Is it legal to be a tribute band?

Being in South Florida, one of the premier leisure and vacationing locations in the world, a wide variety of  ‘celebrity impersonators’ come through our area to entertain tourists and locals at south beach clubs, retirement communities, cruise ships, and elsewhere. A fairly common question we get is, “(I)s it legal to be a tribute act.” The legal analysis is the same whether you are a kick ass Guns and Roses cover band, show up to parties as Barack Obama, or put on original stage productions using Frank, Sammy, and Dean as characters. Here is a quick primer to think about before setting up shop [link to set up corporation].

For simplicity purposes, let’s use a tribute band as an example. Lets say an Artist plays in an Aerosmith tribute band called “Back in the Saddle.” The band actively advertises and markets themselves as “Back in the Saddle: An Aerosmith tribute band” in a non-descriptive font and typeface size, on the internet, flyers, and shirts. The band also dresses up like the guys in Aerosmith and mimics their mannerisms on stage. First, we hope Artist is familiar enough with trademark law where Artist understands immediately that “Aerosmith” is a trademark (and a very famous one at that!) and cannot use that name in commerce. Remember the golden rule of trademark law, first in time, first in right, and Aerosmith has certainly used the word  “Aerosmith” (in connection with live music performance) before Artist has. However, this does not mean Artist is banned from using the word “Aerosmith” in the commercial marketplace. The Courts of the United States have carved out “fair use exceptions” to trademark law (based off the First Amendment granting of free speech) and certain situations exist where one person or entity may use another person’s trademark.

The test that applies for tribute bands is called the “nominative fair use,” as a tribute band is using the original trademark (Aerosmith) to describe the original trademark holder’s product, despite the fact that the tribute band is describing their own product. There are three parts to this test.

1. Whether the product/service in question is readily identifiable without use of the trademark

2. Whether only so much of the trademark is used as is “reasonably necessary” to identify the product of service

3. Whether the user does anything that would, in conjunction with the trademark, suggest sponsorship or endorsement by the original trademark holder

Doing a quick analysis of our tribute band, the first part of the test is rarely an obstacle to as it would be nearly impossible for an Aerosmith tribute band not to use an Aerosmith song title and/or identify themselves as an “Aerosmith tribute band.” The second part of the test is much more problematic. Courts have found that using the original band name is acceptable to describe the tribute act, but not using a specific font that the original band used, logo (think rolling stones lips), or slogan. This analysis is done on a case by case basis so there is no sure fire rule here, but to be safe, an Artist should just use the name of the original act, for our purposes “Aerosmith,” when describing their entertainment act. Lastly, Courts have found that tribute bands have “suggested” endorsement by the original act by prominently and boldly playing the band name on promotion material. For an Artist and tribute act to be limit their exposure, they should never more prominently have the original band’s name larger than their own on advertising materials, and use the original name in some exorbitant way. Also under this third factor, Courts place great weight on tribute acts uses phrases that limit potential customer confusion on their flyers, such as “A Tribute to” or “Original Member of” when marketing to the public.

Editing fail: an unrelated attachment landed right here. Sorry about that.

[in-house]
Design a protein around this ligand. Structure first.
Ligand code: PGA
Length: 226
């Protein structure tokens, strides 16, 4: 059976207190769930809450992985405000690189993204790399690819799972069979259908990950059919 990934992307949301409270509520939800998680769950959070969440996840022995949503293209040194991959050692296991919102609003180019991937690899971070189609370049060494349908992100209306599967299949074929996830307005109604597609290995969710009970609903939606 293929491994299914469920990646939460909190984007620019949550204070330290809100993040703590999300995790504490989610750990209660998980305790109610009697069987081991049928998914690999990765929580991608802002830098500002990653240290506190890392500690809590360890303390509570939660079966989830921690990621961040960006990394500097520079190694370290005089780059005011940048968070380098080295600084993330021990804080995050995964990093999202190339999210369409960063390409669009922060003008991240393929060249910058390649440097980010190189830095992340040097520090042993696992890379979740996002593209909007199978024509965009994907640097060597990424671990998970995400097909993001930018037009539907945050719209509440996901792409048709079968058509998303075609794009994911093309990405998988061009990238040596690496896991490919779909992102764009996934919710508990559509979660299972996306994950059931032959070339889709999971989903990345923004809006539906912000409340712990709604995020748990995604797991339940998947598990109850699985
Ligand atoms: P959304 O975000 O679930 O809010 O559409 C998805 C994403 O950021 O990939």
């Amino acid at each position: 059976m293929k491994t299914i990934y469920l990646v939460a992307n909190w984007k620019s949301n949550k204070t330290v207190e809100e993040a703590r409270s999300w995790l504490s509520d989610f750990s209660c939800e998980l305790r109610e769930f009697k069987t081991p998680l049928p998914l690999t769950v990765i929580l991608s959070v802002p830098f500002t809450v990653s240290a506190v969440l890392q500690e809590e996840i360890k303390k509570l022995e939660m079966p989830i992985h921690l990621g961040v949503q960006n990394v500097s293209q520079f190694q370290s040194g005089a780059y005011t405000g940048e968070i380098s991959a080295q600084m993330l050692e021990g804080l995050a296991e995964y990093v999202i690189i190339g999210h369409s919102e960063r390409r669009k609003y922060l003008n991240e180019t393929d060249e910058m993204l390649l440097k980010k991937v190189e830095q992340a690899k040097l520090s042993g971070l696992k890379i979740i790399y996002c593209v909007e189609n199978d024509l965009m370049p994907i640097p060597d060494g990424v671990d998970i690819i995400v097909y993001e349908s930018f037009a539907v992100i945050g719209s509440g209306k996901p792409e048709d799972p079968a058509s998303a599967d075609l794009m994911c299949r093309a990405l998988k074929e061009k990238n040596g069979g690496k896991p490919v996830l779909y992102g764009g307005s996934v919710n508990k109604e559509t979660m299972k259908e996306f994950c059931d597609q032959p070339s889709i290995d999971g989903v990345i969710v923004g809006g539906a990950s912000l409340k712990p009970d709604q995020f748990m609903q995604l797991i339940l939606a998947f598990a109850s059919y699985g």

Lastly, rights of publicity and celebrity vary state to state and is not federal law like trademarks so it is impossible to give an exhaustive legal analysis of whether you can impersonate an entertainer in a given state, but overall first amendment free speech protection will generally protect an impersonator entertainer and not prevent the individuals that make up a famous entertainment act from shutting an Artist down.

Overall, there is no way for a tribute act to completely limit legal exposure as a tribute act will always be walking a fine line, but marketing responsibly and not taking to much from the original act will generally drastic limit an Artist’s legal exposure.

Bradley Legal Group, P.A. are Intellectual Property lawyers, Entertainment lawyers and Music lawyers servicing clients in Miami, Fort Lauderdale, Boca Raton, West Palm Beach, Orlando, and Nashville. We also affiliate with entertainment lawyers licensed in New York and Washington, D.C. © 2011 Bradley Legal Group, P.A.